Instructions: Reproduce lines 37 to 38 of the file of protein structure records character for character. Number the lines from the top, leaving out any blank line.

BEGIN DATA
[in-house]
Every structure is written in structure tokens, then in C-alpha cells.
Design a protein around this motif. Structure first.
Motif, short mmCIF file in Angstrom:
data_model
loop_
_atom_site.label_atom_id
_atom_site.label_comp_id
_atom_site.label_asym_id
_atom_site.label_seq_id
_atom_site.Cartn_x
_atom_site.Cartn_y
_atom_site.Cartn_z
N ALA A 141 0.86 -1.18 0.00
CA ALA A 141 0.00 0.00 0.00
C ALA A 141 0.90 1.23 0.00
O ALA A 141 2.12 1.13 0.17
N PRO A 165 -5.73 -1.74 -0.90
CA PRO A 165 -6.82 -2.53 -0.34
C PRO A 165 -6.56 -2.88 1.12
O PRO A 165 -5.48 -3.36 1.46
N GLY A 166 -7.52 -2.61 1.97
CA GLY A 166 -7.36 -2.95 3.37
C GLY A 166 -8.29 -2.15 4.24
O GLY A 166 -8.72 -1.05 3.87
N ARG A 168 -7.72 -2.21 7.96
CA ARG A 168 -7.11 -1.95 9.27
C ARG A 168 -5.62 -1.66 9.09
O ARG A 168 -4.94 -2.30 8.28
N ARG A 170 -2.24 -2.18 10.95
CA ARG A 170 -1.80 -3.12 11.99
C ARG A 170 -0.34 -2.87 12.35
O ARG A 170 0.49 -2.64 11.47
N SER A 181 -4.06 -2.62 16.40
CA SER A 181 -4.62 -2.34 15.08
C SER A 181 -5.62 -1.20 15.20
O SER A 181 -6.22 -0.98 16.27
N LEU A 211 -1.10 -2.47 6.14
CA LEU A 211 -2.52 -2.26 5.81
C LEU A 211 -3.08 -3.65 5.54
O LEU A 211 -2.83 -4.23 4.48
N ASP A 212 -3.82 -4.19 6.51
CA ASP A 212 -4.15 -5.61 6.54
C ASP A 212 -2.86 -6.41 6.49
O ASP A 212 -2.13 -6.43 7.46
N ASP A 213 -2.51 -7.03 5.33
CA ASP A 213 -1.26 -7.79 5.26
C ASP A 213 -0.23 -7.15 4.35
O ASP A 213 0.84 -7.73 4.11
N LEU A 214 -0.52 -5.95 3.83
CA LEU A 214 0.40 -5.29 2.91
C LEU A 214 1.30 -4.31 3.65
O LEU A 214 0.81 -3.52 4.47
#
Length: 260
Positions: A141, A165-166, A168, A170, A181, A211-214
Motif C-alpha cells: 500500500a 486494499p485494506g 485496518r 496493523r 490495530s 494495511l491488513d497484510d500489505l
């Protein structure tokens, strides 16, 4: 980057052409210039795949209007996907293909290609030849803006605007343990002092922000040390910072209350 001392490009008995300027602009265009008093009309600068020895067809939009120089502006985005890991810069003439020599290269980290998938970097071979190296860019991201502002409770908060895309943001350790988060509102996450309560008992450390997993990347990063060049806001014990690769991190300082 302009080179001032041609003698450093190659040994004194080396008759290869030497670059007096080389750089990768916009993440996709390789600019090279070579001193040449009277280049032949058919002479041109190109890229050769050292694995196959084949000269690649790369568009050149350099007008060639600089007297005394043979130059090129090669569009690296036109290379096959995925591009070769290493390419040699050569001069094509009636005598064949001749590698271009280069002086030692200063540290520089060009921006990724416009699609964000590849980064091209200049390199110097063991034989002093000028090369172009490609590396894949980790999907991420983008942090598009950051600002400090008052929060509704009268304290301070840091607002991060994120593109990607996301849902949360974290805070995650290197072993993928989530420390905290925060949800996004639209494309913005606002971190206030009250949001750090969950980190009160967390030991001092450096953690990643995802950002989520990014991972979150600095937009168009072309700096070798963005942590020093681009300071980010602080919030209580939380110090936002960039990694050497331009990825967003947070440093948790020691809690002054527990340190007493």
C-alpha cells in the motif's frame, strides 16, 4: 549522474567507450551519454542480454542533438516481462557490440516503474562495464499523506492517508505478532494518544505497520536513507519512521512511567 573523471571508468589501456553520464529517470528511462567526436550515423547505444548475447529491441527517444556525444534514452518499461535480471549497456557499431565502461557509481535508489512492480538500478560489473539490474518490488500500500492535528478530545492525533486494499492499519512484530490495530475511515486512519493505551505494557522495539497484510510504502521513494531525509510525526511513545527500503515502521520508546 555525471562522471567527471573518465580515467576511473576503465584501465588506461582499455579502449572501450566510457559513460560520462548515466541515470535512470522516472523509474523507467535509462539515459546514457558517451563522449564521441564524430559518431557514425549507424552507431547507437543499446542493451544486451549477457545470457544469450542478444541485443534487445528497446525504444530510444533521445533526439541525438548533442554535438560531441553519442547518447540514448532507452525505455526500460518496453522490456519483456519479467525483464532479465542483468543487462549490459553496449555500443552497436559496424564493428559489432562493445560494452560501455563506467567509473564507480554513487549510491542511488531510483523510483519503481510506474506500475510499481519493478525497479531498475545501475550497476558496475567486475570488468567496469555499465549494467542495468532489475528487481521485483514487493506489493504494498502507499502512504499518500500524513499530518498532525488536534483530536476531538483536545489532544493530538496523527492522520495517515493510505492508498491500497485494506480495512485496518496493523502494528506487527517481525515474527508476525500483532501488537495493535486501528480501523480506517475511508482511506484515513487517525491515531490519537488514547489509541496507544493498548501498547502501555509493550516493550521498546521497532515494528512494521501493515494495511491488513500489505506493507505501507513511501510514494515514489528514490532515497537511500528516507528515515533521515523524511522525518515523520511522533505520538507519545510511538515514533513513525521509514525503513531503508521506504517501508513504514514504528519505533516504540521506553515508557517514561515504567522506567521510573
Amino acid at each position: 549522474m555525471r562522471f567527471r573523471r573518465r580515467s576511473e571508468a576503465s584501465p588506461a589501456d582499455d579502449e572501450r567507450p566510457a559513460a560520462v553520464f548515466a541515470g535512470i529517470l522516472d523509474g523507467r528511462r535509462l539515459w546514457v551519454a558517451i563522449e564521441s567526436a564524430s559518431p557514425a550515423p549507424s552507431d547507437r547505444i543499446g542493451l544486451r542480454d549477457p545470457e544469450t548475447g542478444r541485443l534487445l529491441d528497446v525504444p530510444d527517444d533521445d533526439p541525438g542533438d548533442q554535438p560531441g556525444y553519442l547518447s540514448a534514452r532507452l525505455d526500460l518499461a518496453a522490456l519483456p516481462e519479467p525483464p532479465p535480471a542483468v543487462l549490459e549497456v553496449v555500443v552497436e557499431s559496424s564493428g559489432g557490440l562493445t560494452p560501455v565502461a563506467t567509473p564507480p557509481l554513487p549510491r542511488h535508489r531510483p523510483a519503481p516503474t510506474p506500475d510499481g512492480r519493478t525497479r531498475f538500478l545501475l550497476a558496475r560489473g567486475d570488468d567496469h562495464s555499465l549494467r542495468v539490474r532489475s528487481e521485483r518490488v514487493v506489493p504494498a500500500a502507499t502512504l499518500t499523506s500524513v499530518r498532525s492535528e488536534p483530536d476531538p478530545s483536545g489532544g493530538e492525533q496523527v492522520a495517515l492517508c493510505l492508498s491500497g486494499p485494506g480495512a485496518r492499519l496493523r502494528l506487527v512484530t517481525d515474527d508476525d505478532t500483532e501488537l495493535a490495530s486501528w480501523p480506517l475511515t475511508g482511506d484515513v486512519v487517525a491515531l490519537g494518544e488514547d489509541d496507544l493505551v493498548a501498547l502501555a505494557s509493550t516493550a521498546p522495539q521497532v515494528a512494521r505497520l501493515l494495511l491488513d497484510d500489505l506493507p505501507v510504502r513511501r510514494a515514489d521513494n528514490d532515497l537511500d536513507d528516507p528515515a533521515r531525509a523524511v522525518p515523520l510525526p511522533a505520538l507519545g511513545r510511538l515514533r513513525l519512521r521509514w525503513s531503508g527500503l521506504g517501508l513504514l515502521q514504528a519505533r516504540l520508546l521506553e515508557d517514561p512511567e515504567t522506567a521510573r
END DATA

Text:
O SER A 181 -6.22 -0.98 16.27
N LEU A 211 -1.10 -2.47 6.14